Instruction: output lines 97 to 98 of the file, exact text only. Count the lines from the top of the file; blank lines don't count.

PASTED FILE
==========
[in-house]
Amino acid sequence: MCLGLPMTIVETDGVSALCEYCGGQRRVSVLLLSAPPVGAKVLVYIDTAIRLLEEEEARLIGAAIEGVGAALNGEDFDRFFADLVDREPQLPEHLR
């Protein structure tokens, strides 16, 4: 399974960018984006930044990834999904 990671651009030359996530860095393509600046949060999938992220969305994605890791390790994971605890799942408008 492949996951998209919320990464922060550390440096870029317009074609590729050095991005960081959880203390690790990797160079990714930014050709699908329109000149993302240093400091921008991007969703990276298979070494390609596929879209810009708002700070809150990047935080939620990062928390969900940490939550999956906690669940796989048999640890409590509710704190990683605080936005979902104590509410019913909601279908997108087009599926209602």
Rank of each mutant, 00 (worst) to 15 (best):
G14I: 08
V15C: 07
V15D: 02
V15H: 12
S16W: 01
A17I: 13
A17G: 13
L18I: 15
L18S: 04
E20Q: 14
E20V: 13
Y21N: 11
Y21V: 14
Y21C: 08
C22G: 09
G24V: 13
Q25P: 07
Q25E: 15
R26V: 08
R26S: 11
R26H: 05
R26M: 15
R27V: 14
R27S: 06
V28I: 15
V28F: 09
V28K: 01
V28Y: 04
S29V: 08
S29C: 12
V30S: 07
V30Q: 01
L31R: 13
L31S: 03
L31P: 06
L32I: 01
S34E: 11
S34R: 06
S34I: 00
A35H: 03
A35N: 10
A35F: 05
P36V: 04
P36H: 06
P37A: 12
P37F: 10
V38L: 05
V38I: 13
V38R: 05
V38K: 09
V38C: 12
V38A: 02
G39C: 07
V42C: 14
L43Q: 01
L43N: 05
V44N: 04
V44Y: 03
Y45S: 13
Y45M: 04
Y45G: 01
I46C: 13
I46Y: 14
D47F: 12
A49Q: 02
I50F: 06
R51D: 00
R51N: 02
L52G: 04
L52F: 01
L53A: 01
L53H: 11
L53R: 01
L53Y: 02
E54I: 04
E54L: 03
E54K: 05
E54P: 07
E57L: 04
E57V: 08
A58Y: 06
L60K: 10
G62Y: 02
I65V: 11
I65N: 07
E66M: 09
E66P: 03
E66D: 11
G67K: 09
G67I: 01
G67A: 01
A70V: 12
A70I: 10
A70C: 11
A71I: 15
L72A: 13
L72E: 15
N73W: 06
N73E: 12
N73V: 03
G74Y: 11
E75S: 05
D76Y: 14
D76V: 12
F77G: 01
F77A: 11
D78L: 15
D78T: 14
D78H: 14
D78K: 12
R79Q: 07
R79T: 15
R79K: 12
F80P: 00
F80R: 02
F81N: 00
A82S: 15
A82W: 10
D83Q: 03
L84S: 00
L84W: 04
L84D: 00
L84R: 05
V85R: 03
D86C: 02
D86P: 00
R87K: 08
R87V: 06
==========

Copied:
A70I: 10
A70C: 11